“(Obama)… is frustrated because he cares about the small people. We care about the small people. I hear comments sometimes that large oil companies are greedy companies or don’t care, but that is not the case in BP. We care about the small people.” Carl-Henric Svanberg BP Chairman
BP’s credibility is sitting on empty after its latest PR efforts tanked.
While New Zealand health experts are debating the merits of stomach stapling to combat obesity, BP’s PR experts, assuming that they have any, given the number of spoof sites proferring help*, will be considering the merits of mouth stapling to fight verbosity after Carl-Henric Svanberg’s off-the-cuff comments about “the small people” to reporters* after his White House meeting with President Barack Obama on Wednesday.
This was about the first time since the Big Spill that the BP chairman had poked his head above the public parapet, certainly in the US. His scripted statement was fine, if somewhat stilted, but his response to questions was less so, no doubt because of language difficulties with slang terms like “the little guy”. Erstwhile Muppets fans, even if antipathetic, would concede that the urbane chairman was more Swedish chief than Swedish chef.
Svanberg made his comments standing on the path leading into the White House with three senior BP staff lined up behind him. Two looked like Football World Cup players protecting their nether assets from a penalty shoot. The third, BP CEO Tony Hayward, relegated from the spokesman’s role, was protecting his back. This was wise after his earlier petulant sound bite “I’d like my life back.” So would the wildlife of the Gulf and those who depend on it for their livelihood.
Hayward has become the most unpopular Pom since George III. He was excoriated by US congressmen on Capitol Hill yesterday, especially for his refusal to comment on drilling activities on the jinxed Deepwater Horizon off-shore well as Energy and Commerce Committee members took pot shots at BP for taking unacceptable risks.
It was like shooting dying fish in an oil barrel and it was certainly no barrel of laughs for the wayward Hayward. The more the committee members drillled down the redder his face got as he stonewalled in a manner which have made General Thomas Jackson proud. It may also make Hayward, like Jackson, vulnerable to friendly fire, in his case of a non-accidental variety. It’s hard to see him lasting the distance.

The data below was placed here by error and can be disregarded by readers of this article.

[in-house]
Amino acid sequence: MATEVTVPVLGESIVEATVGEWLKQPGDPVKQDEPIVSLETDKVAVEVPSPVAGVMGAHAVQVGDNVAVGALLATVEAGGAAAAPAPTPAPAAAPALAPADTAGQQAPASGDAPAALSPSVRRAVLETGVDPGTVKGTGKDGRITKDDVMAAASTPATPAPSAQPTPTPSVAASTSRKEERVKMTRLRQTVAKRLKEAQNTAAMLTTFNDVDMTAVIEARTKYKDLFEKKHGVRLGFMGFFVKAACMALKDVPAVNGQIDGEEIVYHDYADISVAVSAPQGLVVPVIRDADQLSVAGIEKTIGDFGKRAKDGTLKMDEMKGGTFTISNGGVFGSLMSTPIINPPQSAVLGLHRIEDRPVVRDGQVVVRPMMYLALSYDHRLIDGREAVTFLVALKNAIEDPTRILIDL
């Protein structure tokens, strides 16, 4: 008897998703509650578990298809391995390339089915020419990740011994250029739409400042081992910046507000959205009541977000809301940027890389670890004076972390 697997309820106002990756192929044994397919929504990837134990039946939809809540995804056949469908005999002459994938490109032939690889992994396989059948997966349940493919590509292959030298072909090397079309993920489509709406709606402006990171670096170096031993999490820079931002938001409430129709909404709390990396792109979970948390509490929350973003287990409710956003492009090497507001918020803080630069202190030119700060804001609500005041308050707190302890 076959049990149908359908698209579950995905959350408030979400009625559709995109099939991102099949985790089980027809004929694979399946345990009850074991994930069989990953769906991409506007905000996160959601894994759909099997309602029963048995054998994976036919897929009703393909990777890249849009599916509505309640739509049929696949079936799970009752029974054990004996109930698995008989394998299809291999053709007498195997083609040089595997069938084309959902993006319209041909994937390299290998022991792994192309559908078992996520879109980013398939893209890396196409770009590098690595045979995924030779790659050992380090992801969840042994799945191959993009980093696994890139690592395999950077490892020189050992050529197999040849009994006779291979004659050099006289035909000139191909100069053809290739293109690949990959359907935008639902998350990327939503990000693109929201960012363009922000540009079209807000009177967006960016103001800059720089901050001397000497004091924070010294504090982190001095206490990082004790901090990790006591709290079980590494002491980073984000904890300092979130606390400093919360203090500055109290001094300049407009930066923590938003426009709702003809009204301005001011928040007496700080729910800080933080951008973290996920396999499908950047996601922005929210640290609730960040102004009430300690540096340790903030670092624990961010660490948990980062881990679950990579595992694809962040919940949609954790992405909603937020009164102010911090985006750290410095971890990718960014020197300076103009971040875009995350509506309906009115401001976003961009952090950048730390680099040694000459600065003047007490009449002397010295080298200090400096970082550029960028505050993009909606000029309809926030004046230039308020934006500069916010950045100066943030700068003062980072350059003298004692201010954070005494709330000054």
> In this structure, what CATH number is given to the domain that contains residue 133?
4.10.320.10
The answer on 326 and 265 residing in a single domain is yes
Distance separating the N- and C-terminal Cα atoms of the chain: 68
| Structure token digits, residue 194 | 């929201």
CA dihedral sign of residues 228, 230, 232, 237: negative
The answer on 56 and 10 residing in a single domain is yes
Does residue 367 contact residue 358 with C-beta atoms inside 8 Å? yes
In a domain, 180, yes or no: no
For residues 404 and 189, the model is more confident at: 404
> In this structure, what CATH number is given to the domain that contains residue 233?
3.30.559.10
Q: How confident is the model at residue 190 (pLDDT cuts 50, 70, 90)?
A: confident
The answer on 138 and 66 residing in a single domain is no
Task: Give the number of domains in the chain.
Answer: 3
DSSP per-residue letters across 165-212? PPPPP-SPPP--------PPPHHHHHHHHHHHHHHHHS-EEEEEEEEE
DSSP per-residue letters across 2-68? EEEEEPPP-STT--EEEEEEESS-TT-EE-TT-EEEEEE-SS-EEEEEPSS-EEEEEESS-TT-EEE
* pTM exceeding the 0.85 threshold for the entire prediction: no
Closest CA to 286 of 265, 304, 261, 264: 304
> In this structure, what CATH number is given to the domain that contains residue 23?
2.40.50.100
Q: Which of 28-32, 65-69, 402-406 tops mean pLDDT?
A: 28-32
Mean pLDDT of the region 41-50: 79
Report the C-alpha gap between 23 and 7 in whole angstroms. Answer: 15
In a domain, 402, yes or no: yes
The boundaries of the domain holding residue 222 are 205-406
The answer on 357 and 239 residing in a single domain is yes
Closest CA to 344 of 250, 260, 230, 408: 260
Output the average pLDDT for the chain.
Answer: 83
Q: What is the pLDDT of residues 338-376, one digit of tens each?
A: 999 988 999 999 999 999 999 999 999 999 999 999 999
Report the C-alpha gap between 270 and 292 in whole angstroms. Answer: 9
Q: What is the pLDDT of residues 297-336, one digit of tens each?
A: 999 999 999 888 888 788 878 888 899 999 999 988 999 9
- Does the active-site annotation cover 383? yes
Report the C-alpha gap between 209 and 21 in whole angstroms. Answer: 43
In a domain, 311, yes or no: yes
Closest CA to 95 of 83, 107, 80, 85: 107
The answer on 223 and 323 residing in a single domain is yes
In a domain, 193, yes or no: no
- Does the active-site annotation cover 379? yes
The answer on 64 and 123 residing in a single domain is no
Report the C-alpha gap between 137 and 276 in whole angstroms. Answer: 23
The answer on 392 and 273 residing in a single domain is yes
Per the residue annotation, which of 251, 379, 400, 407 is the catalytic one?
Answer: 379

So BP still have their backs pinned firmly against the wall despite the fact the Chairman had just announced a long-term US $20 billion compensation fund, after a little help from the President, immediately before his blunder.
The power of social media to amplify and multiply gaffes at the speed of light detracted from any kudos the company might have won back.
It’s not that Svanberg is a dipstick: he fronted Eriksson for five years as CEO from 2003 and turned the company around. Before that he’d earnt the sobriquet the “Gentle Conqueror” at Assa Abloy, where he was key to the lockmaker’s acquisition of 100 firms in five years.
Svanberg immediately apologised for having spoken ”clumsily” (at least he didn’t use the American politicians’ excuse that he“misspoke”) and gave media the dinkum oil in a subsequent attempt: ”What I was trying to say – that BP understands how deeply this affects the lives of people who live along the Gulf and depend on it for their livelihood – will best be conveyed not by any words but by the work we do to put things right for the families and businesses who’ve been hurt.”
But his six spontaneous words will come back to haunt him and the company.
New Zealand Telecom head Paul Reynolds did a much better job of consuming humble fish pie in public, while keeping his tongue firmly in his cheek, after the agony of the XT system failures, even if his fly was a little undone*. A scripted ad is easier to manage than a media bunfight, but Reynolds still did it with style.
But one shouldn’t mix oil and water even if BP have given it their best shot. Elsewhere in cyberspace Wwxploration’s website quotes Newsweek in declaring that “Drilling is the very best tax advantaged investment”.
“The world is addicted to oil. Put it to your advantage.
• The best tax advantaged investment
• Make up to 65%
• Recession proof business
• Minimum investment – 10k
• Monthly dividend for 15 – 20 years
• World’s #1 Commodity”.*
The biggest lesson of the Gulf debacle is that risky, cost-cutting oil exploration in marginal and difficult sites isn’t going to cut it any longer. The disaster is an oilshed for the development of alternative sources of energy. The oil companies themselves will be increasingly seen to be the fossils fuelling innovation by others to find substitutes for the black gold touted in the ad.
New oil exploration is scheduled off New Zealand’s coast with the same drilling company used for Deep Horizon. Minister of Energy Gerry Brownlee must be nervous in case this turns out to be a case of going to the well once too often.
Given the stick he’s received recently from more than the Greens over mineral exploration in Godzone, mineral water to settle the stomach could be just what the doctor orders. That might not be so effective as a staple diet but it knocks a smaller hole in the ministerial credit card.
BLINKS Wo Words Vid-Video So-Sound Mm-multimedia
BP Chief: “We Care About the Small People” Vid 17 June 2010
http://www.youtube.com/watch?v=vAnsA96JK6Y Vid Classic BP Apology Spoof by Bob “Jack Mehoff” Genz
BP Parody: Press Conference Ends Awkwardly Vid
http://www.youtube.com/watch?v=cwhXRxGlOcQ Telecom CEO Paul Reynolds and the XT Network
http://www.wwxploration.com/invest/ Wo Why Invest in Oil & Gas?